Metro Fire says they’ve seen a nearly 500 percent increase in fire calls so far this year, with an unusually dry start to 2014.
Rolling out on a call is a perfectly normal thing for firefighters around Sacramento.
But with conditions dry enough to be shrinking waterways throughout the area, they’re being called to respond five times more than usual to grass fires.
“Last year we had seven reported grass fires in the first 20 days [of the year]. This year up to 35,” Metro Fire Captain Jon Rudnicki said Monday.
Metro and other agencies are facing brush so deprived of moisture in what’s supposed to be the rainy season, that its water content is similar to what it would be after baking through August.
“This year, it’s really an all-around risk and people need to remember to maintain that clearance around their home to deep the debris away from their residence,” he said.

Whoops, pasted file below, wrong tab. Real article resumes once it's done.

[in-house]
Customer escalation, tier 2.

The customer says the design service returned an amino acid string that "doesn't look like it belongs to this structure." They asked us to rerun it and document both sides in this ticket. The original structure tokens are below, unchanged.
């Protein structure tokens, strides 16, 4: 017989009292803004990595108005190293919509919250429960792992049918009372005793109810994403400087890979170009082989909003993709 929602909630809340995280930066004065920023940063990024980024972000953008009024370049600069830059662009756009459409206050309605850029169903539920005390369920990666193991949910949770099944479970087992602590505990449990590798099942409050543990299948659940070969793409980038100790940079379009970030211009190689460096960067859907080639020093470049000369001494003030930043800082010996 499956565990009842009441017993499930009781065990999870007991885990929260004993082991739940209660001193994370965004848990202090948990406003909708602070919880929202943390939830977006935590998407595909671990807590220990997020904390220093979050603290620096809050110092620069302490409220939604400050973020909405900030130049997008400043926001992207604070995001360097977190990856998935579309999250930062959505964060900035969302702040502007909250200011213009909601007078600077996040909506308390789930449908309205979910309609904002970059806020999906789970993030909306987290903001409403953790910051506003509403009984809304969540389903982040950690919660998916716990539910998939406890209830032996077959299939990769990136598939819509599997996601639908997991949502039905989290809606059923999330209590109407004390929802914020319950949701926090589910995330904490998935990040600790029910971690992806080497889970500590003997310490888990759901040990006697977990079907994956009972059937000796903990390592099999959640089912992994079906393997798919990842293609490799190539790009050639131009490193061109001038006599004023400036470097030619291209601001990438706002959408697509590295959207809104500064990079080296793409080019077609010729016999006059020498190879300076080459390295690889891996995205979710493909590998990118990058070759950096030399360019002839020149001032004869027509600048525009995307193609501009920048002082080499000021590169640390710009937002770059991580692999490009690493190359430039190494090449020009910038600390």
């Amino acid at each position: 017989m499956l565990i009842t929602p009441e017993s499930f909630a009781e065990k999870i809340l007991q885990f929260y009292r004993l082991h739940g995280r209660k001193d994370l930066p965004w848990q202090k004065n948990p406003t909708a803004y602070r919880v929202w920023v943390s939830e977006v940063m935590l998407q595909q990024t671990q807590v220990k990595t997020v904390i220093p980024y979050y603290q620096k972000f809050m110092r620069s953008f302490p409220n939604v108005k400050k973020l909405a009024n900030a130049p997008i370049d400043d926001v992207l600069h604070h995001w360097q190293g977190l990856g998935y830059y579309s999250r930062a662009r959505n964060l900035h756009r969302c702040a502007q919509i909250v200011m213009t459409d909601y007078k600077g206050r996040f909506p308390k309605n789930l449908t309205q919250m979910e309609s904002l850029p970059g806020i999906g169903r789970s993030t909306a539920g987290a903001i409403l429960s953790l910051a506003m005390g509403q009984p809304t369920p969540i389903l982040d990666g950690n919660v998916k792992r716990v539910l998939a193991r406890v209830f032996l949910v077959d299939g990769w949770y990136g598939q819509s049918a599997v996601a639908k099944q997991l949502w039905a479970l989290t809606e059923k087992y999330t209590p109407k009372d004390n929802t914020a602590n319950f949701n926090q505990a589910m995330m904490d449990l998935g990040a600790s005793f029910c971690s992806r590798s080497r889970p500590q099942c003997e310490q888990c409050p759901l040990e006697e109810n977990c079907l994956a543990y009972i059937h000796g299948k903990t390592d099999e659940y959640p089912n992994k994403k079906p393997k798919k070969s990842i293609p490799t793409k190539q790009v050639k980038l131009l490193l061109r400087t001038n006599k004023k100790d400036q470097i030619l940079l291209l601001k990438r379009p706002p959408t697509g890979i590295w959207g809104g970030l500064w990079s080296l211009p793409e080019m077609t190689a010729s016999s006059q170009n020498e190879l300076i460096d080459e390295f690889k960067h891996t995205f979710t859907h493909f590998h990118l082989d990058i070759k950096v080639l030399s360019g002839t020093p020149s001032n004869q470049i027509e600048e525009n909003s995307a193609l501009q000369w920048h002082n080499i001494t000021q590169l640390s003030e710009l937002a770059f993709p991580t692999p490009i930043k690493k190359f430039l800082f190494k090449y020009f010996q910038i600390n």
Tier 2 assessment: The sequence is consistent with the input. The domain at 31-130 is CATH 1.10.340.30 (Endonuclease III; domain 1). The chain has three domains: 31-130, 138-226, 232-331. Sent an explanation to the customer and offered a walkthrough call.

Even this late into January, Captain Rudnicki says one piece of debris around your house that you might night be thinking about is that Christmas tree that you haven’t sawed up or hauled off just yet.
No longer green, after not being watered in weeks, it could be the unfortunate fuel that helps your home go up in flames thanks to a stray spark.
And if you still have strings of lights attached to your house and an outlet, Rudnicki says taking them down will take down a significant fire threat.